Gifts of Public Art

On occasion a generous benefactor will propose a gift of public art to the City of Baltimore. While the City is highly appreciative of donations of artwork, it is not always able to accept these gifts and the responsibilities associated with owning an artwork.  Conscientious ownership of public art requires a commitment to complete regular maintenance of the work and grounds that surround the piece, as well as a commitment to conserve and protect it.

 In addition, the City, the Public Art Commission and The Baltimore Office of Promotion & The Arts must cope realistically with the economic and administrative obligations inherent in responsible ownership of an artwork. Therefore, donated artworks can only be accepted if the donor has agreed to cover the entire costs of installation, including (but not limited to) any alterations to the landscape or area around the artwork that are needed to allow the artwork to appear aesthetically appropriate in its chosen location and any architectural or engineering services required for safe installation.  The donor must also sign the Conservation & Maintenance Agreement that requires a commitment from the donor to cover conservation expenses for at least 10 years.

When contemplating the donation of public artwork to the City that has not been created, the Commission requires that the potential donor consult the Commission prior to the choice of the artist or artwork.  The purpose of this consultation is to introduce the potenial gift and donor to the Commission and provide the donor with guidance in both the choice of the artists and the location of the proposed artwork.  This consultation will be coordinated by the Commission staff.

The Commission reserves the right to reject any commissioned work of art submitted for approval without prior consultation and approval of the Commission.

The Public Art Commission must consider the following when reviewing a proposed gift of artwork:

  • Whether the artwork appropriately fits into and adds value to the City’s public art collection,
  • Will the City have a suitable location for the work,
  • And, does the artwork require a reasonable or excessive amount of maintenance and conservation?

Click here for Guidelines for Gifts of Public Art to the City

 

Outcome of Presentation/Voting

The Commission may vote immediately following the presentation and discussion or in an upcoming meeting pending resolution of outstanding questions.  The review process will generally have one of the following outcomes:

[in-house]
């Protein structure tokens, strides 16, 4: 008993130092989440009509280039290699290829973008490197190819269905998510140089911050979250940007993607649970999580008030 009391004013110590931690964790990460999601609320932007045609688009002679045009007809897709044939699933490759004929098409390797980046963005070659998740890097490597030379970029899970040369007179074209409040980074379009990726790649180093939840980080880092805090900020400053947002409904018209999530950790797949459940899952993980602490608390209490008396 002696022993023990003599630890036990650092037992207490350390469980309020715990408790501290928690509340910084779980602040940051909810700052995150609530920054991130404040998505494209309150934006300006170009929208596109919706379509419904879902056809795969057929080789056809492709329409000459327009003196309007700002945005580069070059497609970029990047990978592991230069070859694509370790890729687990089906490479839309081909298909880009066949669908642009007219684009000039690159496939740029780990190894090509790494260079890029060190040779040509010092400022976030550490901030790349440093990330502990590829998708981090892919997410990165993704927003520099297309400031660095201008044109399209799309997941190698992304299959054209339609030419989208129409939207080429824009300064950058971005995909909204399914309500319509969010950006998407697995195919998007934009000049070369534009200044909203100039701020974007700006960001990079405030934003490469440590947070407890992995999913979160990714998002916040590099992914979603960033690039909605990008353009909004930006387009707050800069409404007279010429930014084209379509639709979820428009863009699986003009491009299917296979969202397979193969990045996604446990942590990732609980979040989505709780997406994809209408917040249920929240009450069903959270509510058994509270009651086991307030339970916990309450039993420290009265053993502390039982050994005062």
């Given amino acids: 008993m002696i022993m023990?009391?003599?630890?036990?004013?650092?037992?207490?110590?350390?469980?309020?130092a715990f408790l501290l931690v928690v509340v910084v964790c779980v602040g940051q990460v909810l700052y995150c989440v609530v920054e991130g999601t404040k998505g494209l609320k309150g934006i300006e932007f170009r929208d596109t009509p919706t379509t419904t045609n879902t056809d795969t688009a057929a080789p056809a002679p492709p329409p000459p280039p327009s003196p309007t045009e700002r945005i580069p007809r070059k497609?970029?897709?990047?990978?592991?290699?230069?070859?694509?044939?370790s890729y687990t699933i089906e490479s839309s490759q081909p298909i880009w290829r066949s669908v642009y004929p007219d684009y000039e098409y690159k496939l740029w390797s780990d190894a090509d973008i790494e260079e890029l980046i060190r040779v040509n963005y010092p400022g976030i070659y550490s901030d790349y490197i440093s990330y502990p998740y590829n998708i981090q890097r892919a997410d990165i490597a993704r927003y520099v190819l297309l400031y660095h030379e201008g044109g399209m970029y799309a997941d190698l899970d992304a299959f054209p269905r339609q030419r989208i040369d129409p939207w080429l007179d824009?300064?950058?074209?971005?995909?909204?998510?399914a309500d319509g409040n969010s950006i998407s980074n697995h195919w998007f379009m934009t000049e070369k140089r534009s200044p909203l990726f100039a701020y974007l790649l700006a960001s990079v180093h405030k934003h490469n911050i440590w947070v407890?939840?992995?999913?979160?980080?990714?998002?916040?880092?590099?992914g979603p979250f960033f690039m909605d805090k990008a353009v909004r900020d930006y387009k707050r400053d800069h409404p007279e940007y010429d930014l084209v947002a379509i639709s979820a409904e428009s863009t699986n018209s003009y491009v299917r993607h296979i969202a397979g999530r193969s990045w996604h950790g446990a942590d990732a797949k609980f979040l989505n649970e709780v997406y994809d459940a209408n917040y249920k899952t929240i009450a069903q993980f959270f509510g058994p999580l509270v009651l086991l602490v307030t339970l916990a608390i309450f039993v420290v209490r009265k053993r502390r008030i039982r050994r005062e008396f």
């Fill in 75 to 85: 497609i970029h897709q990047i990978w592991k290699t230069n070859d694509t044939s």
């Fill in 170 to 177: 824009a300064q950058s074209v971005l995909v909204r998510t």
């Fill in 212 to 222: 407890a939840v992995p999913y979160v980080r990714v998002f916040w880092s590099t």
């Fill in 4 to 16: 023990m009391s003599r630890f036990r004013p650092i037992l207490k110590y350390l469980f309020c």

Outcome 1.  The Commission may vote immediately following the presentation to accept the proposed artwork.  In this instance, the Commission may provide additional input on the possible site for the artwork.  The Commission staff then works with the donor, artist, affected City agency and community, and other installation professionals to see the project through to completion.

Outcome 2.  The Commission may vote immediately following the presentation to accept the proposed artwork with certain conditions (these conditions may vary from artwork to artwork).  If the donor and City agree to the conditions, the Commission staff then works with the donor, artist, affected City agency and community, and other installation professionals to see the project through to completion.

Outcome 3.  The Commission may postpone voting until an upcoming meeting.  The Commission may then ask the donor to prepare additional information on the artwork, artist, materials, installation procedures, etc.; may seek additional input from outside professionals or the community; or may want to conduct further research and discussion.

Outcome 4. After the initial presentation to the Commission or after additional information on an artwork has been provided to the Commission in subsequent meetings, The Commission may also choose to not approve a proposed gift.  If the artwork is not approved, a donor may resubmit the proposed gift during the next Commission term; these terms correspond with each Mayoral term.

Site Selection

Because of the coordination necessary between various City agencies and communities involved in artwork placement, the task of identifying possible suitable locations for the donated artwork is the responsibility of the Commission Staff.  When recommending a location, members of the Commission staff should take into consideration any input from thePublic Art Commissionand the donor or artist, any risk factors associated with various locations, the durability of the materials used in the artwork, the artist’s vision for the work, the community impact of artwork placement, the impacted City Agencies, and any other site or logistic challenges.  The Commission Staff will present these options to thePublic Art Commissionwho will make the final decision on site location.

 

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